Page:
Leaving Kids Alone in the Car

Monday, July 12, 2010

One summer day after my lunch break, I returned from work to find 3 small children in a car. They were obviously scared and overheated. One was vomiting and crying. I was working at a service organization and assumed their folks were inside the building. I knew I had to get them out of that car, as soon as possible and I did. And their folks were inside. Good ending, I think. I have no idea if the kids were permanently damaged, emotionally or physically. Point is: I didn’t know how to handle the situation, and I could’ve been putting myself at risk for “abduction charges, “or had I called 911, the guardians could’ve been in a lot of trouble too! It might have taken the 911 responder’s precious time to come and get the children out, when I could’ve done it sooner. All points that raced through my head, as my body, grabbed the kids out of the hot car.

Biggest Point: It is dangerous to leave kids alone in a vehicle unattended. And, law enforcement is cracking down on this issue, more and more.

Every year, 30+ children die, unnecessarily, due to being left alone in a vehicle. (*This stat refers to deaths from overheating. It does not include the much higher statistic of deaths from other accidents associated with cars and kids.) No telling how many thousands more are emotionally harmed. Being left is scary. Being in a hot vehicle is scary and dangerous. A child’s body heats up 3 to 5 times quicker than an adult’s body. The thermostat in a car, can heat up 40 degrees higher than outside temperatures, on average.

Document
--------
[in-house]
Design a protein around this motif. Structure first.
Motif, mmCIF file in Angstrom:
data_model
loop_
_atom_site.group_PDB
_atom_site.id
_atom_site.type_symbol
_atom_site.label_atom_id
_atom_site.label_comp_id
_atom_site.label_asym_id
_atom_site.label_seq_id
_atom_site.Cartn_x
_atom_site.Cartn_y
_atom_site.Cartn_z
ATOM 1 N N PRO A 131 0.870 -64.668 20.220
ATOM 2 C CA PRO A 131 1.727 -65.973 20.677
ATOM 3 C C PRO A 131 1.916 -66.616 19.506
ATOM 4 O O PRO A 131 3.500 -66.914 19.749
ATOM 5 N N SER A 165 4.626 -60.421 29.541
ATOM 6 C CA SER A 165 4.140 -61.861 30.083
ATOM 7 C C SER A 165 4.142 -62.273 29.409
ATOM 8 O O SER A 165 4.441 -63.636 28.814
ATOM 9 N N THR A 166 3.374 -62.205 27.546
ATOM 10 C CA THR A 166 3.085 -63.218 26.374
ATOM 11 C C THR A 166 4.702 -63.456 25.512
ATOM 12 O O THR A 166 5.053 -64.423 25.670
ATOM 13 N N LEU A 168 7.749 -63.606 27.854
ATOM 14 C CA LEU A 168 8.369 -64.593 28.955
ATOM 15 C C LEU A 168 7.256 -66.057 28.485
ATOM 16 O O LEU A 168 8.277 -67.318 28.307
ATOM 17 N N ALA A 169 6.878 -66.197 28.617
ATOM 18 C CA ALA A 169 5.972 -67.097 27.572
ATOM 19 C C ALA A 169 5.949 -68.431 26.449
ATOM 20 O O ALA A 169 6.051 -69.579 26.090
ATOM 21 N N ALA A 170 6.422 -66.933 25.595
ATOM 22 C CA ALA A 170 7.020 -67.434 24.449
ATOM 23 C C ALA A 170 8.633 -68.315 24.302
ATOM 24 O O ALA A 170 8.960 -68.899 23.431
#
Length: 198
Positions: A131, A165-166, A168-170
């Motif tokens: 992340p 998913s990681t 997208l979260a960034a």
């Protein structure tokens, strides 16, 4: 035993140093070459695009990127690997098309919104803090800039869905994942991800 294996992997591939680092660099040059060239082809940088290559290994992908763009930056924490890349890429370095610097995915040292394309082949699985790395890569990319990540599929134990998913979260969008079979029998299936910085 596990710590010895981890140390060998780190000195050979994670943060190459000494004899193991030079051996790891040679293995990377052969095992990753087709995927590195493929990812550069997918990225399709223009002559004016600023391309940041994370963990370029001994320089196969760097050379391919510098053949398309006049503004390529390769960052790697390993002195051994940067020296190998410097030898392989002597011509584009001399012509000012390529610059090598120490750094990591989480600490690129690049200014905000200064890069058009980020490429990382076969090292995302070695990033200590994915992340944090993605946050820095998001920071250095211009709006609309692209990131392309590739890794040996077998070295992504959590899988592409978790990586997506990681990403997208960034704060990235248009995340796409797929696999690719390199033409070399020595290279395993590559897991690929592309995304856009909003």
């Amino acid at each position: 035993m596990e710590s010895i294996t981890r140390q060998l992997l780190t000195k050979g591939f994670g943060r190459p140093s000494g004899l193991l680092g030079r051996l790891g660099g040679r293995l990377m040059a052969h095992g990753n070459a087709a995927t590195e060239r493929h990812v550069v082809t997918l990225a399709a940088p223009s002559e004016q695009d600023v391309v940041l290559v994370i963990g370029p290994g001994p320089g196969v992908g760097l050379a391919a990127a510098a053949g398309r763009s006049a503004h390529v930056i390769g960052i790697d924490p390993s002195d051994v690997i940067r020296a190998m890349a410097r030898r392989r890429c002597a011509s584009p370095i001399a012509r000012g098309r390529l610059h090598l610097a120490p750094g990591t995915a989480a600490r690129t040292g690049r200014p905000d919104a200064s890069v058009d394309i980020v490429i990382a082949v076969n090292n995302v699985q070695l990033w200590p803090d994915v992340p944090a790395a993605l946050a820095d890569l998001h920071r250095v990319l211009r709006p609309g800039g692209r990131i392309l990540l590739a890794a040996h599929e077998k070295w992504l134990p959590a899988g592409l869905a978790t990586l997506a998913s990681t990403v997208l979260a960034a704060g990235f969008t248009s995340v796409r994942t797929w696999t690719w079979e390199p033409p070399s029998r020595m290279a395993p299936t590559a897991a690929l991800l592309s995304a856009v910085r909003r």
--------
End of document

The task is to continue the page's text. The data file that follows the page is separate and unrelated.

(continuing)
Older Kids And Other Risks
There are recorded deaths of children even 13 years old, who were overcome by heat in a car. Older kids love playing with the gearshifts and electric buttons of windows/sunroofs too, which multiplies the dangers to themselves and others in the car. All children would be vulnerable to other hazards of being left alone, abductions, carjacking, entangled in seatbelts, strangulations from windows, burns from hot buckles, and even intended or unintended harm by other siblings.

Here are some quick tips, but feel free to go to these sites for more facts:
*Call 911 immediately if you see an unattended child in a car. If the child looks ill or is pale, try to get them out asap, then call 911.
*Make it a habit to always check the back seat for children, when you exit. Make “triggers” to help remember you have a small child in your car. Leave your purse/wallet/work briefcase in the backseat by them. Or, set your cell phone and/or computer at work to remind you if you stopped at daycare that day.
*Teach children, and remind them as they age, NOT to play with the car or trunk.
*Lock all vehicle doors and trunk – especially at home. Keep keys away from children.
*Check cars and trunks if children go missing.

(***Remember many of these tips apply to pets as well!)

Sites: www.safekids.org/safety-basics


Contributed by Carol Pool, PCAIN Education Specialist

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